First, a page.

Mighty Jupiter moon Ganymede pictured in close-up
The US space agency's Juno probe has provided some close-up images of Ganymede - one of Jupiter's four Galilean moons and the largest natural satellite in the solar system.
The pictures were taken from a distance of approximately 1,000 km.
It is the closest spaceship Ganymede was away in more than 20 years.
Junos was a casual passport; his daily duties are to study Jupiter. But the European Space Agency will soon be sending its own mission.
The JUpiter ICy Moon Explorer, or Juice for short, will make a series of flybys past two other Galilean moons, Callisto and Europa, before going into fixed orbit around Ganymede, expected in 2032.
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Juno's images show the crashed and cracked surface of the great moon in remarkable detail. They are compared to the images taken by NASA's Galileo (1995-2003) and Voyager (1979) probes to see if there has been any change over time.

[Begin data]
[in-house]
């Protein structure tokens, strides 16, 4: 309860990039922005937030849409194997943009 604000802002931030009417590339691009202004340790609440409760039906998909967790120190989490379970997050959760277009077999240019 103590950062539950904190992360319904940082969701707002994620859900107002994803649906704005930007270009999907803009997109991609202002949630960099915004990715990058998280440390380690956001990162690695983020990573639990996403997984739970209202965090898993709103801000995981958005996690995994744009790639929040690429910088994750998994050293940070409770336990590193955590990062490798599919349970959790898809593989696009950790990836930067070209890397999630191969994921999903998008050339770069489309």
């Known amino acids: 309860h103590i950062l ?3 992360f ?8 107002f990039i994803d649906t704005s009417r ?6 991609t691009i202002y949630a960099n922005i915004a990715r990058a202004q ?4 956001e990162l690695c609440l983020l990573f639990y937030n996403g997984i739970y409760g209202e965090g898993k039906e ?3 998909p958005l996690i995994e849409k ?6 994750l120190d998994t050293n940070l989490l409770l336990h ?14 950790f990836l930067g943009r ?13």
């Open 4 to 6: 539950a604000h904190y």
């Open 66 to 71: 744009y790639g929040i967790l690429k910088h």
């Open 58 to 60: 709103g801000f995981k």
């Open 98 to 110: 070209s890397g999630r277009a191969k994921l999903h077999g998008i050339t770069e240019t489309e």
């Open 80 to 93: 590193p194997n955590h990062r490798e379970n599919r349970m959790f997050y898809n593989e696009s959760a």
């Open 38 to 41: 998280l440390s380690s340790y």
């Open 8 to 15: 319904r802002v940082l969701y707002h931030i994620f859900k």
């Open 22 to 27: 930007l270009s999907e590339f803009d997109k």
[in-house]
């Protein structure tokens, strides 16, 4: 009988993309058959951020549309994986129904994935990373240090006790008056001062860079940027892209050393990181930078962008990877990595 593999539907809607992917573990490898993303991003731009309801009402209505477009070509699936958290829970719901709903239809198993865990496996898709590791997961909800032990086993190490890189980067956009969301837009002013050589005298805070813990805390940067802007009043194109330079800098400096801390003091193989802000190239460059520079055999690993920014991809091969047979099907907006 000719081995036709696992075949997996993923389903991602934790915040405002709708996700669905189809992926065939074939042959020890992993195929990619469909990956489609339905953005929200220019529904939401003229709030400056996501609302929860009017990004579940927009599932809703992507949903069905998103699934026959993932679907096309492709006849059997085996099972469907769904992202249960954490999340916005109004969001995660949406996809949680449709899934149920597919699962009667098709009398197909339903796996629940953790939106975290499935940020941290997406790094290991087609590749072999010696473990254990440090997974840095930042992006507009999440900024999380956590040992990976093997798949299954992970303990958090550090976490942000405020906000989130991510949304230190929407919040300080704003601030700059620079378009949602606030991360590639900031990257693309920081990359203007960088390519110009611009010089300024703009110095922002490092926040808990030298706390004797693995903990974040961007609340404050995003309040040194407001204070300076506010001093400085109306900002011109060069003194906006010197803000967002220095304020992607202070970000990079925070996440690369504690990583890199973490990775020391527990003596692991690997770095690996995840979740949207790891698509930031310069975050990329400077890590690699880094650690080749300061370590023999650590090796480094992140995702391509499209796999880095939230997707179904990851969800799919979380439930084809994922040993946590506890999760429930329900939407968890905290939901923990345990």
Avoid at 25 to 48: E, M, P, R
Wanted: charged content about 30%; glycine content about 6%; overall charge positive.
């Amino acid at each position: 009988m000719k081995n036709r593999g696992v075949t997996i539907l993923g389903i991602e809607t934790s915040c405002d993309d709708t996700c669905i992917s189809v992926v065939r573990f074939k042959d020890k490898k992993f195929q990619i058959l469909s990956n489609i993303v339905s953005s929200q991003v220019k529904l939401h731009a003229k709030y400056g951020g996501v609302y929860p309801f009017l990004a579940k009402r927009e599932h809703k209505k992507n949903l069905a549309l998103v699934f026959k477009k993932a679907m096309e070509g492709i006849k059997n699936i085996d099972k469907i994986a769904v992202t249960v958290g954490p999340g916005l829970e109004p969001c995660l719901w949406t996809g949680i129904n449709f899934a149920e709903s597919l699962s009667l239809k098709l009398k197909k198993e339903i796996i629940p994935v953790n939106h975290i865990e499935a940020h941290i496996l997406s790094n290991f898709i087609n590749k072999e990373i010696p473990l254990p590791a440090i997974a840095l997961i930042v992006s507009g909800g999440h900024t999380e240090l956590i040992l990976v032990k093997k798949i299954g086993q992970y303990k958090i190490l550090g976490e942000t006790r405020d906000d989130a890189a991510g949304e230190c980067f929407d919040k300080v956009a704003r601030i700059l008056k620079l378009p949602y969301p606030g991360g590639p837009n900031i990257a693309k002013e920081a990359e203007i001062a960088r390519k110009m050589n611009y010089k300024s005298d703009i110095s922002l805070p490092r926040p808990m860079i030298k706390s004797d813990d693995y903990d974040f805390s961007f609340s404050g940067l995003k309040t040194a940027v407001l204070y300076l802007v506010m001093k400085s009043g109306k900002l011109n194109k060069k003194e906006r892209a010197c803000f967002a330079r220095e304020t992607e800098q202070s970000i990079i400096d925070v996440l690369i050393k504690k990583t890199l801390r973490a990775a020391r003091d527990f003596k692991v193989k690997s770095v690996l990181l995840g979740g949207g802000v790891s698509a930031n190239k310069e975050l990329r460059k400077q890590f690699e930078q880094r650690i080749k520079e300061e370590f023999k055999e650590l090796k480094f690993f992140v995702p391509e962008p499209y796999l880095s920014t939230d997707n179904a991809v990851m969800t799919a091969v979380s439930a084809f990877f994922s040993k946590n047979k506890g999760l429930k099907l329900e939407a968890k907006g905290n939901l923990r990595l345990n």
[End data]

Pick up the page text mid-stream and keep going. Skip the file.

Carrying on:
"This is the next spacecraft that has come closest to this mammoth moon in a generation," said Juno chief researcher Scott Bolton of the Southwest Research Institute in San Antonio. "We'll take our time before drawing any scientific conclusions, but until then we can just marvel at this heavenly wonder."
With a diameter of 5,268 km, Ganymede is the largest moon in the solar system
One of the fascinations of Ganymede - and Callisto and Europe - is that they all likely have oceans of water beneath their ice surface.
Nasa says it will be releasing color pictures of Junos Ganymede flyby shortly.
Esa's JUpiter ICy Moon Explorer is scheduled to launch from Earth next year
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